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Immigration and Customs Enforcement arrests of undocumented immigrants have spiked to such a high level under Donald Trump that the rate of deportations has actually slowed down thanks to a huge backlog of cases, USA Today reported Monday.

Citing stats released by ICE, that paper wrote that the agency arrested almost 14,000 people in June, continuing a steady increase in arrests each month under Trump’s presidency. However, the skyrocketing numbers have slowed down the nation’s immigration courts to such an extent that deportations—one of Trump’s biggest declared goals—hit a new low.

From USA Today:

In the final three months of the Obama administration, the agency averaged 22,705 deportations per month. That number has consistently fallen under Trump, with the agency averaging 16,895 from February through June, reaching its lowest point in June.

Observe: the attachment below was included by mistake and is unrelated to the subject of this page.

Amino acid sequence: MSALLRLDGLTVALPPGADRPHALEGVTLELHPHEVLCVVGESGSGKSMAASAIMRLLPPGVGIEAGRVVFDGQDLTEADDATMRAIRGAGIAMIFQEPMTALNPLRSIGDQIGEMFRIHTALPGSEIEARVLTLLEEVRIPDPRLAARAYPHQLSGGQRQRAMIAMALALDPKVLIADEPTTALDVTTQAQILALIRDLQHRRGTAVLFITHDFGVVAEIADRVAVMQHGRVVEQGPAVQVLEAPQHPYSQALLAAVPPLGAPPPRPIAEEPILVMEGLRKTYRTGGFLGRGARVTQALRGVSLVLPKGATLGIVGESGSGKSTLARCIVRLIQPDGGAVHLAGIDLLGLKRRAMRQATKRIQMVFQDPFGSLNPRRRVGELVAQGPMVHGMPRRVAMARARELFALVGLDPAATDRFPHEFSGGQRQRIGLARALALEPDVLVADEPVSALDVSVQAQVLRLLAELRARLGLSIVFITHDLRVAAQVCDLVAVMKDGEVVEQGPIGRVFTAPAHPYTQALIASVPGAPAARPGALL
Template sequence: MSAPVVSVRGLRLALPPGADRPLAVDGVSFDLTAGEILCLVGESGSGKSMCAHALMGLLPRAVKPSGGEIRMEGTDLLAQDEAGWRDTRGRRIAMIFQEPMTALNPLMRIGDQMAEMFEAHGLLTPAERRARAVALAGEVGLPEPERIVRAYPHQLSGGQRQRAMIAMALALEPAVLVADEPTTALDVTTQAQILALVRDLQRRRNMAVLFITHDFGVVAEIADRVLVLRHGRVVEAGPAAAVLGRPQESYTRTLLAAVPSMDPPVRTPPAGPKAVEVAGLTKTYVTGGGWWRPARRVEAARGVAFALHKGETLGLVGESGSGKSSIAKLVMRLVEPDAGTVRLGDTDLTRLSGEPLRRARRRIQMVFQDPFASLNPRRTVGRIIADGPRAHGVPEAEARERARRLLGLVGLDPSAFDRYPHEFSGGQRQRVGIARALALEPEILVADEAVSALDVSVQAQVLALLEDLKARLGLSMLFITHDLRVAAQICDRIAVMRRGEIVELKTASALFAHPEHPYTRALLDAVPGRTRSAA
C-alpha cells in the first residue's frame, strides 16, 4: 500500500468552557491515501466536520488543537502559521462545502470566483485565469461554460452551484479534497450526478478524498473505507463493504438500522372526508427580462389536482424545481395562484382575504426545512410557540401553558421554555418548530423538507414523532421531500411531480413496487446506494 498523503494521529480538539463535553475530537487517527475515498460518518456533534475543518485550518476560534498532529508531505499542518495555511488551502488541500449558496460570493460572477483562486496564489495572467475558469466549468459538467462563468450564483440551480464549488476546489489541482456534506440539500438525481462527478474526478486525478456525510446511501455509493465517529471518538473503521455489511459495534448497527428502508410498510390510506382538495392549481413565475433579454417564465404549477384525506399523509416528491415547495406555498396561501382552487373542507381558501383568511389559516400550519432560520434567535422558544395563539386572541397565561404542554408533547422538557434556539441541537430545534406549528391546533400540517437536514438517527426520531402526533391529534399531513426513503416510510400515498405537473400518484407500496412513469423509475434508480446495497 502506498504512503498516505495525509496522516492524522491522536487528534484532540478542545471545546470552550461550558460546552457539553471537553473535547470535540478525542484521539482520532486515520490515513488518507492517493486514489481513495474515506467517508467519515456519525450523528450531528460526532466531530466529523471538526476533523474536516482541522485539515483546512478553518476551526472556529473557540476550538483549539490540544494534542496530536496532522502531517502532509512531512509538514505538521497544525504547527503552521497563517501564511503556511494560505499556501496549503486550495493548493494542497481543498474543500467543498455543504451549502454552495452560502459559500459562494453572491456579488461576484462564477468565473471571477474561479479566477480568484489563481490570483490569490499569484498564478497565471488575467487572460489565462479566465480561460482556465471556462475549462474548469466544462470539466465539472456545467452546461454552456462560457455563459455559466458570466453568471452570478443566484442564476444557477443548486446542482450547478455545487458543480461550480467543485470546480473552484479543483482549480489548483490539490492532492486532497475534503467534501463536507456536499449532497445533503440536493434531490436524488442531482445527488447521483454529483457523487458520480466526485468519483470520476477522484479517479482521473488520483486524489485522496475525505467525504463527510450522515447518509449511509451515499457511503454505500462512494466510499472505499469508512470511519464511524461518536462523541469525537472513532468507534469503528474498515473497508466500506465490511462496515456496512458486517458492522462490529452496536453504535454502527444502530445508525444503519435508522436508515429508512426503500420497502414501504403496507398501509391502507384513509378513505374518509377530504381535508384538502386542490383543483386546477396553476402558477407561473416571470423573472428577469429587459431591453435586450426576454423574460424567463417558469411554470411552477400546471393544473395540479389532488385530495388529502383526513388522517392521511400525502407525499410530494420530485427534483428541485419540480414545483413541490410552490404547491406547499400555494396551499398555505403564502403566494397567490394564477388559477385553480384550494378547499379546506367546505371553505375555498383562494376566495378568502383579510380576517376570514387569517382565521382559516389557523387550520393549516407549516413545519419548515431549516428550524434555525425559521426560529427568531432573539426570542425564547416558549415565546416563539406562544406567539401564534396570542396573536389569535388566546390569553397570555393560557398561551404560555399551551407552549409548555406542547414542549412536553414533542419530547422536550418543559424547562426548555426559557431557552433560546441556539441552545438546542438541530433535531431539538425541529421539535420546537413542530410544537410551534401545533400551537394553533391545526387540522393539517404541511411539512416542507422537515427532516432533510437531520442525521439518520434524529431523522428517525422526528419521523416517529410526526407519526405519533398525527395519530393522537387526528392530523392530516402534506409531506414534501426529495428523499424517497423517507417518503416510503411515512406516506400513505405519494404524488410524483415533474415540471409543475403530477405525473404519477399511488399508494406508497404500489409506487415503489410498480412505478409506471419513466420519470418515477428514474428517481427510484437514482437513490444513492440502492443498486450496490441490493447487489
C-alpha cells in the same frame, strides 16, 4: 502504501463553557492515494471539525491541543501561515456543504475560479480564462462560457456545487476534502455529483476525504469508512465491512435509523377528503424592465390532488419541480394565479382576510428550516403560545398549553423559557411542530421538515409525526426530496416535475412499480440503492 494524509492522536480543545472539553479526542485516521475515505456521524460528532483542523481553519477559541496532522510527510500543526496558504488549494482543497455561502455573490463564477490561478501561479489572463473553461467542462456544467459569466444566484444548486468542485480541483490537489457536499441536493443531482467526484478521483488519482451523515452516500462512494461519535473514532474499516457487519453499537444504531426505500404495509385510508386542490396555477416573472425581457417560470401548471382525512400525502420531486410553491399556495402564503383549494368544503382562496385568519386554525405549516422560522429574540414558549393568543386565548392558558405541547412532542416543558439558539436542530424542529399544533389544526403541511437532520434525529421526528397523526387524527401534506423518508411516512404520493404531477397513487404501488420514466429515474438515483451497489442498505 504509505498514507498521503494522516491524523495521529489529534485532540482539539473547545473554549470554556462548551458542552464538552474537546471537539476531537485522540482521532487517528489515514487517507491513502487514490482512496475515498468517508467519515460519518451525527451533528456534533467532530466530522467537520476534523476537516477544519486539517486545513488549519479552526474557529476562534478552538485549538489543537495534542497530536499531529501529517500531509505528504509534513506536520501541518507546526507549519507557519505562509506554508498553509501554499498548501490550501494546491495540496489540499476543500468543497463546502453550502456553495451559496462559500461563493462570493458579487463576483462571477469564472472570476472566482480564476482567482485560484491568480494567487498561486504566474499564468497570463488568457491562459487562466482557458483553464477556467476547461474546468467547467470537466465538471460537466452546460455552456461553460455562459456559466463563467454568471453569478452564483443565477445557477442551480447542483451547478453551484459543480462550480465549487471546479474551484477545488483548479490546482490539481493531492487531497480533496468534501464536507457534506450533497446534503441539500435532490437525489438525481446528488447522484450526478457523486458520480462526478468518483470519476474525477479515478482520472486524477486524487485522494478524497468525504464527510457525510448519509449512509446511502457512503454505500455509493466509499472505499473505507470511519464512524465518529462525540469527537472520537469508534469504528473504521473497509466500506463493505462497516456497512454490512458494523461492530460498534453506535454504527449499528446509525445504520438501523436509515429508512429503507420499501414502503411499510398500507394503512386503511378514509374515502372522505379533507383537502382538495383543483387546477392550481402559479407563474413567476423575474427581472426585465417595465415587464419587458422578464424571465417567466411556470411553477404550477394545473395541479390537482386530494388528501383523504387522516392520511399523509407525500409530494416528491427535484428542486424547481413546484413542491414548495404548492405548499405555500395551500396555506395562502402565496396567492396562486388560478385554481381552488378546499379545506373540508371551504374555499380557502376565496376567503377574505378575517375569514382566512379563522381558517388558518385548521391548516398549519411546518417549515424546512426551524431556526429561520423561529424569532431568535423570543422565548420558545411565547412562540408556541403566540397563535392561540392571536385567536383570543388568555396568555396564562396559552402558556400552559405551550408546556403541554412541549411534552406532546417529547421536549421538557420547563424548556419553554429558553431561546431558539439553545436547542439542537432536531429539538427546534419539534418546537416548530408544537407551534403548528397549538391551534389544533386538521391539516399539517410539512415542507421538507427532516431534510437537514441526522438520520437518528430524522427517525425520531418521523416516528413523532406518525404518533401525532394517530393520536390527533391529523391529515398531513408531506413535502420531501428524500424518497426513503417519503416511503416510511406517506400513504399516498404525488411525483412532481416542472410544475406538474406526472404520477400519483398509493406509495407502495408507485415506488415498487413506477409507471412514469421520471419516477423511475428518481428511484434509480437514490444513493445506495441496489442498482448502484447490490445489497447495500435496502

ICE Acting Director Thomas Homan recently said the drop in deportations is because of the backlog in federal immigration courts and the lengthy time to process each case.

The paper also noted that the Trump administration has cut back on rules that allowed undocumented people to be free on bond as they await their hearings—meaning that many more people are languishing in detention centers than before.

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A report from earlier this year by Syracuse University’s TRAC Immigration project showed that as a result of the backlog, people had to wait an average of 670 days before having their immigration case heard in court.

“Viewing these figures from a different perspective, the existing large backlog and extraordinary wait times mean that some individuals are not scheduled to have their day in court until after President Trump’s current four-year term in office has ended,” the Syracuse researchers explained. “And we are only a little more than 100 days into his four-year term.”

According to TRAC, there are over 610,000 pending cases across the country.

According to a Department of Justice press release from April, the department already added 25 immigration judges this year in hopes of reducing the backlog. The DOJ also said it intends to streamline the hiring process so it can add 50 more immigration judges this year, and 75 more immigration judges next year.